Ms. Garcia has presented at the ACSA Special Education Symposium on a variety of topics including Deaf Education, Serving Students in the Least Restrictive Environment, and Language Access. Additionally, she was the keynote speaker for the first ever Stanislaus County Autism Conference. She presents annually at Lozano Smith's Special Education Legal Consortium and regularly for districts and SELPAs.
Ms. Garcia teaches a School Law course in the Mills College graduate program.
On October 15, 2017, Governor Jerry Brown signed Senate Bill (SB) 179, known as the "Gender Recognition Act," which adds a "nonbinary" gender option to state driver's licenses, identification cards, and birth certificates. Most of this bill's provisions are set to take effect on September 1, 2018, including a provision allowing an individual to petition a California court to recognize their gender as nonbinary, which would then allow them to subsequently request a new...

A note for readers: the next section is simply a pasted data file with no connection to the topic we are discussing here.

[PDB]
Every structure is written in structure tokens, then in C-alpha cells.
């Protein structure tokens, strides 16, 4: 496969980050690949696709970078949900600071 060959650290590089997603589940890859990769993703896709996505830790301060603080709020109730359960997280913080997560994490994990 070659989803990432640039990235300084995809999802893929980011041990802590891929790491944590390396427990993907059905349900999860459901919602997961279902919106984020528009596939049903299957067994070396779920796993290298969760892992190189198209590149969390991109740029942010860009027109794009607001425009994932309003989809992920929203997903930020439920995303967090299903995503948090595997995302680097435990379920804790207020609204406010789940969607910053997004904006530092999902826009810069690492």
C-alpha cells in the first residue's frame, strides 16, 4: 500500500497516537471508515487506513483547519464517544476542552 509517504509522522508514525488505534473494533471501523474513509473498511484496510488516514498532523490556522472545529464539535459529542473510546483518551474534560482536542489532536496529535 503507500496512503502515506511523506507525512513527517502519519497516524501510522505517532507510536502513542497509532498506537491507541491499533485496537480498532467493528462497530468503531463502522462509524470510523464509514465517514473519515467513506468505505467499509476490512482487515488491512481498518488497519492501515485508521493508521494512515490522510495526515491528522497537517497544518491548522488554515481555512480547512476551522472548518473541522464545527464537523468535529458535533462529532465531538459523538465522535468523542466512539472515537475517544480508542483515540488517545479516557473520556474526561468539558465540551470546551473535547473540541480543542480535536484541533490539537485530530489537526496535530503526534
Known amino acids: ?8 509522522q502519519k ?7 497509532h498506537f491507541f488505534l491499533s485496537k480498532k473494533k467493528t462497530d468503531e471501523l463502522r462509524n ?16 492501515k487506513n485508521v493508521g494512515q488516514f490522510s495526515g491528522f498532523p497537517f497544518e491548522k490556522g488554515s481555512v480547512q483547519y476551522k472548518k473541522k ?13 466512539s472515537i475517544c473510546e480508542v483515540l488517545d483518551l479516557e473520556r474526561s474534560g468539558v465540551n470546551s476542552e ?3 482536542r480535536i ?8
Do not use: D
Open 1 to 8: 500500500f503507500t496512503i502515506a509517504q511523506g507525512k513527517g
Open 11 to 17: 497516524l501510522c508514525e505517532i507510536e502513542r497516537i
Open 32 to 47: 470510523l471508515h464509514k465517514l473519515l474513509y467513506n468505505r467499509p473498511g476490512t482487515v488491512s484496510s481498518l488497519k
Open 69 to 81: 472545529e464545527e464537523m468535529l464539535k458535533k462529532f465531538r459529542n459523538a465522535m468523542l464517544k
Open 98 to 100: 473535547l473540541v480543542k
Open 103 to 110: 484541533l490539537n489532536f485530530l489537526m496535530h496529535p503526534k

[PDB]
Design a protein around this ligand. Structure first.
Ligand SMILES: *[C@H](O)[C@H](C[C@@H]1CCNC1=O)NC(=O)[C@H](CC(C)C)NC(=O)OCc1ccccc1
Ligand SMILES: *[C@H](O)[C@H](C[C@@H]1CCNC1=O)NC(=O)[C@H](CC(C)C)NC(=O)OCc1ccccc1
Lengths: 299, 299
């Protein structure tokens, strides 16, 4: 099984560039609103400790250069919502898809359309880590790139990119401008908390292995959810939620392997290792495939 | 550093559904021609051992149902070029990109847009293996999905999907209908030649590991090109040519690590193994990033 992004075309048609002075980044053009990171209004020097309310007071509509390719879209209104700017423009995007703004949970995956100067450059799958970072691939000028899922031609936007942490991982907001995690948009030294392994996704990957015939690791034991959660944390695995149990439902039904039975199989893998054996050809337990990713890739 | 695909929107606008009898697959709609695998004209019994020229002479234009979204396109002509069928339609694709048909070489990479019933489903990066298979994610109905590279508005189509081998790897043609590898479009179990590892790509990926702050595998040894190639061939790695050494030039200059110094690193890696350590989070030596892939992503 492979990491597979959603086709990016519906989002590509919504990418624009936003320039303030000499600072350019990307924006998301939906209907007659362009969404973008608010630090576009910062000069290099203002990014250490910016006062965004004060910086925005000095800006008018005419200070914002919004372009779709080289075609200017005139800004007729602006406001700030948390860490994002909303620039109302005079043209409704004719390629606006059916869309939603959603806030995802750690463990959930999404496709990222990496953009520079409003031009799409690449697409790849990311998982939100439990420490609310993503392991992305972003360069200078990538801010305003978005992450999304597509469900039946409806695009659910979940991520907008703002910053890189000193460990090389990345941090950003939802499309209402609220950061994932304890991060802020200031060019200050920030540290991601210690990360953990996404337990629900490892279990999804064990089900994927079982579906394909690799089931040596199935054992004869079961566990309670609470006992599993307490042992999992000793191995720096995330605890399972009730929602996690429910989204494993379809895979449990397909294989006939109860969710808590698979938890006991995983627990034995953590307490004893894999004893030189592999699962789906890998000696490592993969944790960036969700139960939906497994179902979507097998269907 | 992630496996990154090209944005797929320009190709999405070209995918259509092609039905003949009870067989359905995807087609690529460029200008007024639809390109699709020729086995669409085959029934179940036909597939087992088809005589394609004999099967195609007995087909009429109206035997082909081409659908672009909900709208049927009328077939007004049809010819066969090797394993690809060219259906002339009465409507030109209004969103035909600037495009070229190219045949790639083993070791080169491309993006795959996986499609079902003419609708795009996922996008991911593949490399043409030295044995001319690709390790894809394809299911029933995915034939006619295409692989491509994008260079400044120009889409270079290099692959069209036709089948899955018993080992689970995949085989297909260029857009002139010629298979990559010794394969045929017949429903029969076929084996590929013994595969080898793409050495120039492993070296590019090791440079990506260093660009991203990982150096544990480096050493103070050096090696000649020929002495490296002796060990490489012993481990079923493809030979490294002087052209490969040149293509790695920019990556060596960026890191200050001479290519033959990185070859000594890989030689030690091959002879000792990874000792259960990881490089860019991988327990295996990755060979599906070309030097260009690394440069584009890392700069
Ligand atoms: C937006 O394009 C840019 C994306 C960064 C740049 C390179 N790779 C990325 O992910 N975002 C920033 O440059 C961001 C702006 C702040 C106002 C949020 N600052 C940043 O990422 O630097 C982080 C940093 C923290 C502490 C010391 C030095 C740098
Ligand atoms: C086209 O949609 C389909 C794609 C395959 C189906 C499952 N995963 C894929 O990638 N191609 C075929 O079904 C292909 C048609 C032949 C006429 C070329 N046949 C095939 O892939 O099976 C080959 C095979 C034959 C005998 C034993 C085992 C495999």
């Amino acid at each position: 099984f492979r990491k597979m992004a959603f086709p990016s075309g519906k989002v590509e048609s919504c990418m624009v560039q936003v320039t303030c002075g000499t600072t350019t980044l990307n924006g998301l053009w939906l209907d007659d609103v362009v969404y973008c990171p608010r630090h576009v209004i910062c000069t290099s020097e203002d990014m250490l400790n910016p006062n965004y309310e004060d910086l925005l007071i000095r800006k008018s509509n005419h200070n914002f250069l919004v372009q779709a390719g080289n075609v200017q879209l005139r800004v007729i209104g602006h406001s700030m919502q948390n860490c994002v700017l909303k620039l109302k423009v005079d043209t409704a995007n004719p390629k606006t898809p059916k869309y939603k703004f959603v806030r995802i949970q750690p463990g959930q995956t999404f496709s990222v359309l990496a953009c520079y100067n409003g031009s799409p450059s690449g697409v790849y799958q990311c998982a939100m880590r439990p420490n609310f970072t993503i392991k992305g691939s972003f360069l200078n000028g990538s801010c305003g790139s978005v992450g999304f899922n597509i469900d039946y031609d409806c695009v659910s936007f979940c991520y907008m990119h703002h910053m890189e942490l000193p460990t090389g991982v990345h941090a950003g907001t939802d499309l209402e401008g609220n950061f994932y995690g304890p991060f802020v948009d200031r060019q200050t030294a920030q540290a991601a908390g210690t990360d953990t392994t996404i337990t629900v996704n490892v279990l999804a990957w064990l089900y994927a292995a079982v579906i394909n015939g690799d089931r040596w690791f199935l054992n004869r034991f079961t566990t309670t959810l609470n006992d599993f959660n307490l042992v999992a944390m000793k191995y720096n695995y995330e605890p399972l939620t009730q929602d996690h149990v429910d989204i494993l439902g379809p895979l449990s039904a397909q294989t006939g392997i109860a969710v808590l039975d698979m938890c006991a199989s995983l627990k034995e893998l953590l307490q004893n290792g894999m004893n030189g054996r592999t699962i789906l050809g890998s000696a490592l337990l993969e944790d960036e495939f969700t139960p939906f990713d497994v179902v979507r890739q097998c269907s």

A federal district court has ruled that schools may discipline students for "liking" offensive, targeted social media posts.
In Shen v. Albany Unified School District, a Northern California district court concluded that a school could discipline students for liking or for writing approving comments on racist and offensive social media posts targeted at other students, even if the posts were created off campus. However, the court also ruled that the school's addi...
On October 5, 2017, Governor Jerry Brown signed a package of bills aimed at enhancing protections for immigrants. Three of the bills have significant implications for schools and students. The three bills become effective January 1, 2018.